I’ve been getting the question of why homestead in Alaska a lot recently, so I thought I’d lay out some of the thoughts behind why we decided to homestead here over anywhere else. As I mentioned in my very first post, part of our decision to move to Alaska came from Alaskan off-grid reality TV. Kyle and I both knew that those programs showed an overly romanticized version of homesteading in Alaska, but the fact that so many people were doing it here made us hopeful that we could make it too. We did a lot of research before buying our little piece of land, and there were just way to many pros in moving to Alaska for us to try and homestead in Washington.
Having lived my whole life in the desert side of Washington, I was rather used to using a lot of water because of my garden. But in looking for land to homestead, in order to get anything we could afford we’d need to buy raw land without a well. No well, no water; no water, no garden in the desert. This meant moving somewhere that wasn’t so hot. Yes, there is a whole section of Washington that is rainy, but there were problems with moving there too. Which brings me to my next point…
Cost of Land
Land in Washington is not cheap. Even raw land was prohibitively expensive for us. Especially anywhere that would get enough rain to water a garden until we could put in a well. What we spent on our 5.5 acres in Alaska would not have purchased us an acre anywhere we’d have wanted to live in Washington. This was a huge factor in our decision to homestead in Alaska.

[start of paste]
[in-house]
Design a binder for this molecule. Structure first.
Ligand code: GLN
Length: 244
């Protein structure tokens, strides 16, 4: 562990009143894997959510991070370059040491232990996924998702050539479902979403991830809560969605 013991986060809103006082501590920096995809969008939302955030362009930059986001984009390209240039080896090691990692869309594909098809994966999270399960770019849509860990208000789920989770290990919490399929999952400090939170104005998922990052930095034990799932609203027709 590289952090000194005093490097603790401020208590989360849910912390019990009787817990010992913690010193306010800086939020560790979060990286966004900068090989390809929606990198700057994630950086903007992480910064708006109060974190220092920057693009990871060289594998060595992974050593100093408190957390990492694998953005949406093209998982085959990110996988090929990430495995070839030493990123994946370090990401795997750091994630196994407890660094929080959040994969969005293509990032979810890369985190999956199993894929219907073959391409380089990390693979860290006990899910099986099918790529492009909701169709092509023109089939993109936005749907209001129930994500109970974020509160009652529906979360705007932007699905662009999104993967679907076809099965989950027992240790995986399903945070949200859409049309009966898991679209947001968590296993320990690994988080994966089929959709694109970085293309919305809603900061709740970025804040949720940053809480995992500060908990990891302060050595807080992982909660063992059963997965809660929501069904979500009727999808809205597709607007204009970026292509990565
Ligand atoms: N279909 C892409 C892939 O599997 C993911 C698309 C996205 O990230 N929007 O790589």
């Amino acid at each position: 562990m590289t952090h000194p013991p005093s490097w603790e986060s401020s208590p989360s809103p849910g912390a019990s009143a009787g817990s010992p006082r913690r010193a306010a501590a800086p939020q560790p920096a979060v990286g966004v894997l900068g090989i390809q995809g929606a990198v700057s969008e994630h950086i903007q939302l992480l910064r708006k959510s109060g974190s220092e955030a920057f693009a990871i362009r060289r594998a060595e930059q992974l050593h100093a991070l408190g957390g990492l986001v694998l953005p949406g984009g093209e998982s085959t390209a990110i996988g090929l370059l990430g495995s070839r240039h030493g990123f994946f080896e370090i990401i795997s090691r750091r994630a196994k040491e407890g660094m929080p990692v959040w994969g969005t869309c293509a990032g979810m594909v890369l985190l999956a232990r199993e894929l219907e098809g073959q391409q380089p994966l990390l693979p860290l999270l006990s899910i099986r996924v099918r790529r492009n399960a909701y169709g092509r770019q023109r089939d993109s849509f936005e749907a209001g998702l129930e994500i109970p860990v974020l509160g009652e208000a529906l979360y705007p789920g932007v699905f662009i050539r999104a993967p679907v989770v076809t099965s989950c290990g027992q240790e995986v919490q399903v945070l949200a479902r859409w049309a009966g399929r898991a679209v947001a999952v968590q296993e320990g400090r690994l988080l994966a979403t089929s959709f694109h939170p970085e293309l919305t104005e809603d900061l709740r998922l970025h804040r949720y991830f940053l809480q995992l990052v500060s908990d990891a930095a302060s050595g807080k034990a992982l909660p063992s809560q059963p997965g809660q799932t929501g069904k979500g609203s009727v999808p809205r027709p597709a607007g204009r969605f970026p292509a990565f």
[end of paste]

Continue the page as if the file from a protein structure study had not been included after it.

When we first started talking about our plans to move off grid and homestead in Alaska, people thought we were crazy. Homesteads exist in Washington, but they seem to be more of a community to themselves. Alaska such a huge, remote place that everyone just congratulates us on our adventure, and tells us about the people they know that have or are currently homesteading here. The fact that we continued with our plans even after finding out that I was pregnant doesn’t phase anyone here either. We got a glimpse of this when Kyle and I visited this area during our honeymoon, and so far its extended to nearly everyone we’ve met in Alaska.
While I believe that self-sufficiency can be accomplished nearly anywhere, it just seemed easier to arrive at in Alaska. The area that we chose to move to is a rain forest, and there are all kinds of edible wild plants to forage for in addition to having a garden. When we added that to the hunting and fishing regulations here, it seemed like it would be impossible to starve no matter how little we went to town to go shopping.
There were just some laws, rules and regulations that made this area of Alaska so much more feasible to us than anywhere in Washington. Like the fact that due to where our property is located there are no permits required for us to build a cabin. We are considered remote (access by boat, plane or quad, but not emergency vehicles), and are not in a flood plain or near enough to the creek to need a permit. Even though we will be attempting to make everything to code for safety, hand building a cabin will no doubt come with challenges that require creative thinking to solve.
One of the things we really wanted for ourselves here was to be able to look around and not see metal and concrete everywhere. Not having road access to our property means we achieved that. Whenever I looked at land in Washington, there was always road access, which raised the price and meant the view was full of man made structures like power lines.
Besides all of the above, we get to live in a beautiful area just a hop, skip and jump away from the ocean, a creek and a lake, all within miles of forest! Even though we miss our families, coming to Alaska to homestead gave us everything we were looking for on this adventure.